The broader market is looking overheated and indecisive as we enter the seasonally weakest month of the year for trading, and defensive sectors are getting bought up. I am looking at some put option spreads to maximize your potential portfolio hedging value. Invesco's Nasdaq 100 tracking ETF (QQQ) October monthly options are lining up very nicely for a trading opportunity.
This put spread opportunity is aligning because of the heavy interest in this position. When assessing QQQ's October monthlies (10/15) options chain, you can see that open put options outnumber calls 2.5 to 1. Tech-heavy money managers are flooding into these put options and driving up their premium at every strike price, providing us with this unique trading opportunity. 2.5 times as many October QQQ puts held than calls, indicates that this highly uncertain market is preparing for a slide.
In this QQQ spread opportunity, I will be purchasing October 2021 380 puts for $8.14 and selling October 2021 370 puts for $5.23, resulting in a mere $291 premium for this put spread (remember that each contract represents 100 shares). So you are risking $291 to make $709, which is a very reasonable risk/reward considering the uncertainty that lies ahead.
The Market Is Getting Ahead Of Itself
This market might be getting a little over its skis with this ceaseless bull run exhibiting an average annualized return of 75% since the pandemic low. There is an unprecedented amount of sideline cash being deployed on every dip. Still, at what point do money managers come to the consensus that this market is due for a correction? A growing number of asset managers have voiced concern about an imminent market correction (10%+ decline), and I am beginning to believe this is a possibility as this bull rally looks increasingly exhausted every day.
The S&P 500 is now trading 34% above its pre-pandemic level, despite less than 5% GDP growth. Ultra-low interest rates can explain some of this deviation, but the benchmark US 10-Year yield is trading less than half a percent off its pre-COVID level. We need to ask ourselves how much growth acceleration the global lockdown's rapid digitalization provided digitally-powered enterprises, as the world experienced 10-years of digital adaptation in a matter of 10-months, and how long the Fed will keep interest rates at these low levels.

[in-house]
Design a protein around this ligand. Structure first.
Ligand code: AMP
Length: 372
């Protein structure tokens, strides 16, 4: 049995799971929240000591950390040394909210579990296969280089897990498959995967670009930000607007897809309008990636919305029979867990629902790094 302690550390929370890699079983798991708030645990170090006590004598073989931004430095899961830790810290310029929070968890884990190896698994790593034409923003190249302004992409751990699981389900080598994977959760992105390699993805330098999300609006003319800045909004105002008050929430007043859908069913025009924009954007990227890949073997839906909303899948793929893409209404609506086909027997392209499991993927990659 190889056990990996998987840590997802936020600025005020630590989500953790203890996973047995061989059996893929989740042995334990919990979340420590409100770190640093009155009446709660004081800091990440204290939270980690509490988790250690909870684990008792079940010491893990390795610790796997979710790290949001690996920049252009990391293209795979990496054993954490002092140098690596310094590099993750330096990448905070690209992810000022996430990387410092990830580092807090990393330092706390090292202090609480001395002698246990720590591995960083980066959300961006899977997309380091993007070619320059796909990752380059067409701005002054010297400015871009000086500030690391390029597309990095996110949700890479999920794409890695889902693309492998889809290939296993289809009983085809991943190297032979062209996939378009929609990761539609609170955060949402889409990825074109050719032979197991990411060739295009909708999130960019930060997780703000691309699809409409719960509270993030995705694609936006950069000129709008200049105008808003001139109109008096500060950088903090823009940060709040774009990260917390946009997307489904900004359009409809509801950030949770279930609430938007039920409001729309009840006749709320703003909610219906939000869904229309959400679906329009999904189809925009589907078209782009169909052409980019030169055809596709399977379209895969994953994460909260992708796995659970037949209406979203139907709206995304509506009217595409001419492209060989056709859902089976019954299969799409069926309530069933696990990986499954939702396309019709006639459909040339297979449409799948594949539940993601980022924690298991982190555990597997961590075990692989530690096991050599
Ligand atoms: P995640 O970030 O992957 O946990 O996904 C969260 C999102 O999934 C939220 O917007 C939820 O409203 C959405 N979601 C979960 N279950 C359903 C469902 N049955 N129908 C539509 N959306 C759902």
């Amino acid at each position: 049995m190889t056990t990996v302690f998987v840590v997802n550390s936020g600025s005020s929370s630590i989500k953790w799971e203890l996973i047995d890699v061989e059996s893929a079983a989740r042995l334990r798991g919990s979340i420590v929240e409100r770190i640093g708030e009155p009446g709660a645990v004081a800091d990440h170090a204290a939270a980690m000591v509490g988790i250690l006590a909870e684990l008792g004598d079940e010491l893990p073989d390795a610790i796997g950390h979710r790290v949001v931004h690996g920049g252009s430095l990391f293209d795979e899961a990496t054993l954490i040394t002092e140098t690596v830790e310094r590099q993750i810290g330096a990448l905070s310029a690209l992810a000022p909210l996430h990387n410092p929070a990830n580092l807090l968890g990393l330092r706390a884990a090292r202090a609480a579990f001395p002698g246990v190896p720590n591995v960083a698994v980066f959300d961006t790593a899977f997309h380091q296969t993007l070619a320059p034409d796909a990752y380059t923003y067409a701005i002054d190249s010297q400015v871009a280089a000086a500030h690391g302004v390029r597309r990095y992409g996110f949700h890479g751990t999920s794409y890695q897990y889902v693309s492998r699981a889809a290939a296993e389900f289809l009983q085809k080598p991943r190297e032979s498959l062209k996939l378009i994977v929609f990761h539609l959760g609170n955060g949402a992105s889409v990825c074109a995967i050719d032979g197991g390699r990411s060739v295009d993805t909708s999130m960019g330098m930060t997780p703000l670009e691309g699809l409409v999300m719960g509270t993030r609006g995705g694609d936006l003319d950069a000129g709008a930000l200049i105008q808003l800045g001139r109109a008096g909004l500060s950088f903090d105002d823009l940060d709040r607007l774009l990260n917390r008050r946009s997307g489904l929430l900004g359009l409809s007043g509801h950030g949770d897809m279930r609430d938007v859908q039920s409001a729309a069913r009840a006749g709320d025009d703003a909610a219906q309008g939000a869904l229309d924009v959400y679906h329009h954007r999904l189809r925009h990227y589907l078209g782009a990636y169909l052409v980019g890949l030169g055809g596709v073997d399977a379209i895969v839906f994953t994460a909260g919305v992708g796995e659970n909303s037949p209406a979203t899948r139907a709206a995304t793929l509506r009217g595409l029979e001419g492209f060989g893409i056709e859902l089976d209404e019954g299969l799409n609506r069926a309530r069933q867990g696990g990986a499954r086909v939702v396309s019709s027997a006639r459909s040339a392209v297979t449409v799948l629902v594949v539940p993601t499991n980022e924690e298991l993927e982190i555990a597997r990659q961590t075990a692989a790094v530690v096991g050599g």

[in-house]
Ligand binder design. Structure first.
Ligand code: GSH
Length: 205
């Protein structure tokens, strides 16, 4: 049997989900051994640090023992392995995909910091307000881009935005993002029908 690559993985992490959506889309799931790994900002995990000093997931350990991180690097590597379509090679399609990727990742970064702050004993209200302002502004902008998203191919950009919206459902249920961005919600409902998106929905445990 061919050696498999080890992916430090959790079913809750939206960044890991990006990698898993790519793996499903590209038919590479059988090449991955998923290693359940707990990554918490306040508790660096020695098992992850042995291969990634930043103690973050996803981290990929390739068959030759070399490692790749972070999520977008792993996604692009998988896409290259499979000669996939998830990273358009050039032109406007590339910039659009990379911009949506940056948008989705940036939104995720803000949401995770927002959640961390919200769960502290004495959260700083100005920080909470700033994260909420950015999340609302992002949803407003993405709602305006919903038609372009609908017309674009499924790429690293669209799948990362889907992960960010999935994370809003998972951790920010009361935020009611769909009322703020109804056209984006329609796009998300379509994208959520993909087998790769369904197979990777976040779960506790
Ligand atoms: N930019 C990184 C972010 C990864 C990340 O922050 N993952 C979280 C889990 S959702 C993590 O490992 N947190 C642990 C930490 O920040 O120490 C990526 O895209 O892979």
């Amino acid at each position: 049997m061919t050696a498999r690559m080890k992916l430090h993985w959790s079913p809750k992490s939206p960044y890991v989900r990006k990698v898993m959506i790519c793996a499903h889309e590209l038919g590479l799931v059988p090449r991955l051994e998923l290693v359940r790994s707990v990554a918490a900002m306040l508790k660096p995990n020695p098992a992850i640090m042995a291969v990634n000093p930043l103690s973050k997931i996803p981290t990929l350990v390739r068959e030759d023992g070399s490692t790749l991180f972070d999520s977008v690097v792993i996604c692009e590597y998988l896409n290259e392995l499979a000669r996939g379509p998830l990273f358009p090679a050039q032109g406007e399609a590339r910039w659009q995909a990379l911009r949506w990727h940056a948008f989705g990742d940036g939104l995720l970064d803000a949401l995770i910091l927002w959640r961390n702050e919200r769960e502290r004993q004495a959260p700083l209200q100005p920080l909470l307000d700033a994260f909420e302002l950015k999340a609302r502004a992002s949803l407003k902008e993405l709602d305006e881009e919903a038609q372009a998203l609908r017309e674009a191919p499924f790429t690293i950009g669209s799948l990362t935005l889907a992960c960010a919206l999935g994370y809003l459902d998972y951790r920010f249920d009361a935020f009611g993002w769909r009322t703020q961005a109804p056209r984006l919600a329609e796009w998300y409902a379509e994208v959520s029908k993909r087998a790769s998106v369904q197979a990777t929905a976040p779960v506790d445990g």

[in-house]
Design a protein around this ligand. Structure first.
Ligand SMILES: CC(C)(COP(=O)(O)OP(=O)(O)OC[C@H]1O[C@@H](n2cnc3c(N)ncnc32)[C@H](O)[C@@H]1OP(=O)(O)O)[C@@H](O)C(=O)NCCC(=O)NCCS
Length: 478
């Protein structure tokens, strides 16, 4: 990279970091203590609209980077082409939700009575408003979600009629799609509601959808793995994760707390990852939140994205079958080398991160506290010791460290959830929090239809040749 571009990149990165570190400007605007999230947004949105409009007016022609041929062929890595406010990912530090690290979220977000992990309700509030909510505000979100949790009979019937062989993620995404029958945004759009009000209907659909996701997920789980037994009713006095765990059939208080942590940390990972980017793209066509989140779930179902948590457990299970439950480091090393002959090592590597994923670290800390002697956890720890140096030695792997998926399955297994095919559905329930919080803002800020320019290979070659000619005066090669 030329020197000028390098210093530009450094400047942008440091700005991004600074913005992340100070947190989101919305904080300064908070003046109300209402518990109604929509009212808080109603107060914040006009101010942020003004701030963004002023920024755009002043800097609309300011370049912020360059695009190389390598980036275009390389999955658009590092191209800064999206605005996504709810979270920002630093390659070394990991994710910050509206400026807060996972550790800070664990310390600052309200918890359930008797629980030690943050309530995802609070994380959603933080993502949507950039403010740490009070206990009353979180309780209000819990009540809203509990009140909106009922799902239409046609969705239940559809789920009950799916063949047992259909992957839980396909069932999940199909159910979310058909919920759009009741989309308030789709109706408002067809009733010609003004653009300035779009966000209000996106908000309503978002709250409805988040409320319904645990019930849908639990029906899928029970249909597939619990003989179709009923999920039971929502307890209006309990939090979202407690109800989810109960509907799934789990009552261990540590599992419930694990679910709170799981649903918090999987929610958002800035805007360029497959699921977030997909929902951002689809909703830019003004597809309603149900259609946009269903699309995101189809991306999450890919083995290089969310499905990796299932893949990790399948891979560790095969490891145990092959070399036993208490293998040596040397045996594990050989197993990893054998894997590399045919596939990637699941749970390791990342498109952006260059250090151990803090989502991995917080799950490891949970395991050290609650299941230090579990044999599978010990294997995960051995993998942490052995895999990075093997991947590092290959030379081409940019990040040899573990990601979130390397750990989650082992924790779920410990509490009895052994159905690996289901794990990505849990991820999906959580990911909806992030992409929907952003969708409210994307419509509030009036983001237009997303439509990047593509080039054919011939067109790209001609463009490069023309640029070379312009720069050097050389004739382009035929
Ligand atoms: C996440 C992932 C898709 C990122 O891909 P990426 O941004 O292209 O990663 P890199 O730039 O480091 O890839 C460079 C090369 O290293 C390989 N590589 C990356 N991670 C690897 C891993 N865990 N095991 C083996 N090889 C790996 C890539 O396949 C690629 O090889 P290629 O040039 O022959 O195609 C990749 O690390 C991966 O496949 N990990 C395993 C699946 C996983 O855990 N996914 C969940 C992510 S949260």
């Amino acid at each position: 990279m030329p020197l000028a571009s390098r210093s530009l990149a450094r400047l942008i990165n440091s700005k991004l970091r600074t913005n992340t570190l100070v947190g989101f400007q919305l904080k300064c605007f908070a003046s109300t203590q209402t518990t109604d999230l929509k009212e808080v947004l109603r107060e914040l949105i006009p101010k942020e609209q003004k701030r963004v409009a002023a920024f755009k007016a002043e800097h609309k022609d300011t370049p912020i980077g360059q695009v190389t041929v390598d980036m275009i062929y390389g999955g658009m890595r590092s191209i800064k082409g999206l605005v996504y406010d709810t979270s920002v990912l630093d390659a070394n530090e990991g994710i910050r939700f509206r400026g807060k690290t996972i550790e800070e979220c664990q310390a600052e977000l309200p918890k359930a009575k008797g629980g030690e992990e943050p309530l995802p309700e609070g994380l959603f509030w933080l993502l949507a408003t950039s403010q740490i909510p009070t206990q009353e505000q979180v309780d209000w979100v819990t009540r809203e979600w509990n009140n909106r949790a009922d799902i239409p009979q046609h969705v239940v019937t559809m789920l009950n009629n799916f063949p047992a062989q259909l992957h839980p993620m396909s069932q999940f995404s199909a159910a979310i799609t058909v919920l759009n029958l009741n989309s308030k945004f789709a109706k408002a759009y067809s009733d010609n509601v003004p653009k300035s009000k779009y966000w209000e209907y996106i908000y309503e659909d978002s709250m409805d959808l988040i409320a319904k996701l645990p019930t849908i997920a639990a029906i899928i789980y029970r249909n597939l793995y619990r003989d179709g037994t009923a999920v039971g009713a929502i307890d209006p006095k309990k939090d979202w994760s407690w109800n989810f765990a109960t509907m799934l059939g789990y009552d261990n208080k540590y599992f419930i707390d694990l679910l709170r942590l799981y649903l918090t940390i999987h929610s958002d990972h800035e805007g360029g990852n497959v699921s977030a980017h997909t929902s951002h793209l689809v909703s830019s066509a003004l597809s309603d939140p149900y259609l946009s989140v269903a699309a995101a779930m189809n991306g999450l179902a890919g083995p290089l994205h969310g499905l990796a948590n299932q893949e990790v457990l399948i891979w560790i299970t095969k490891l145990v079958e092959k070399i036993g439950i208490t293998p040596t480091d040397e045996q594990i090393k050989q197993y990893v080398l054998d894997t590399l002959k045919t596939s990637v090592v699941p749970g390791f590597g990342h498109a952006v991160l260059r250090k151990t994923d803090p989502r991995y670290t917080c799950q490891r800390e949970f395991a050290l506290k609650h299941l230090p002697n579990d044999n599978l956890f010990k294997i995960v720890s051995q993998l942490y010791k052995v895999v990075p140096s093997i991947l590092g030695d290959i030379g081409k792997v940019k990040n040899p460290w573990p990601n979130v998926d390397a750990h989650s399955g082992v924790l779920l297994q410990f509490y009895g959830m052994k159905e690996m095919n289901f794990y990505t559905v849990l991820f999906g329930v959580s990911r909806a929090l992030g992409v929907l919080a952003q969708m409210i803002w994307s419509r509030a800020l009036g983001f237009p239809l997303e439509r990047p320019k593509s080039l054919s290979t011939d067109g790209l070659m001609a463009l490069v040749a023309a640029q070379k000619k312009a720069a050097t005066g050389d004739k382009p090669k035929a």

11 of the largest 13 market sectors are trading more than 10% above their pre-pandemic levels. Many of these sectors aren't expected to get back to 2019 earnings levels this year, such as financials and consumer discretionary.
Low growth utilities and fossil fuel-driven energy are the only sectors that remain below their February 2020 highs but are largely inconsequential because they are the smallest components on the S&P 500, making up only 5% combined.
The most significant contributor to the S&P 500's boundless bull rally has been technology by a mile (specifically mega-cap tech), which should come as no surprise. The Nasdaq 100, encompassing the 100 biggest and baddest market innovators, is trading 60% above its pre-COVID February highs, with the pandemic's digitalizing effect driving sales for advancing technology to levels many of these innovators didn't expect to see for years. As of now, it looks like the markets have fully priced in (if not more than) the pull-forward in demand, and this cohort is looking drained as volumes decline at overbought levels.
The Hindenburg Omen
The Hindenburg Omen, a technical indicator that signals an elevated probability of a market crash, has been reached by this precarious market. This indicator looks for an elevated number of new 52-week highs and lows that surpasses 2.2% of all securities traded that day (the number of highs cannot be more than double the number of lows), along with an upward trending 50-day moving average and negatively shifting market sentiment (indicated by the McClellan Oscillator or MCO).
This indicator generally implies that market participants are tentative and uncertain. The Hindenburg Omen almost always precedes a stock market downturn but is only about 25% accurate when it is seen.
Investors have been positioning themselves defensively as post-earnings price action commenced. These defensive investors are buying stocks in low beta sectors like health care, utilities, consumer staples, and real estate, which have led over the past week of trading. All of the previously mentioned sectors have lagged the broader market over the past 52-weeks, so it's only natural for weakness chasing money managers to rotated into these segments even if an index level correction (10%+ decline from recent highs) isn't coming.
Remember to sell out of this spread when a dip occurs (3%-5% retraction from recent highs is plenty)—no reason to hold till expiration.
It remains a stock pickers market, but few stocks would be immune to broader market pullback. Precarious market signals are popping up everywhere as we enter September, the historically weakest month for the markets. With all the self-fulfilling prophecies occurring in this evolving market, I am almost expecting to see some adverse price action this month.
That being said, I remain bullish towards equities in the medium/long-term and will not be selling out of any of my portfolio's holdings. I will hedge until uncertainty eases, and if there a broader market decline occurs, I will be a buyer.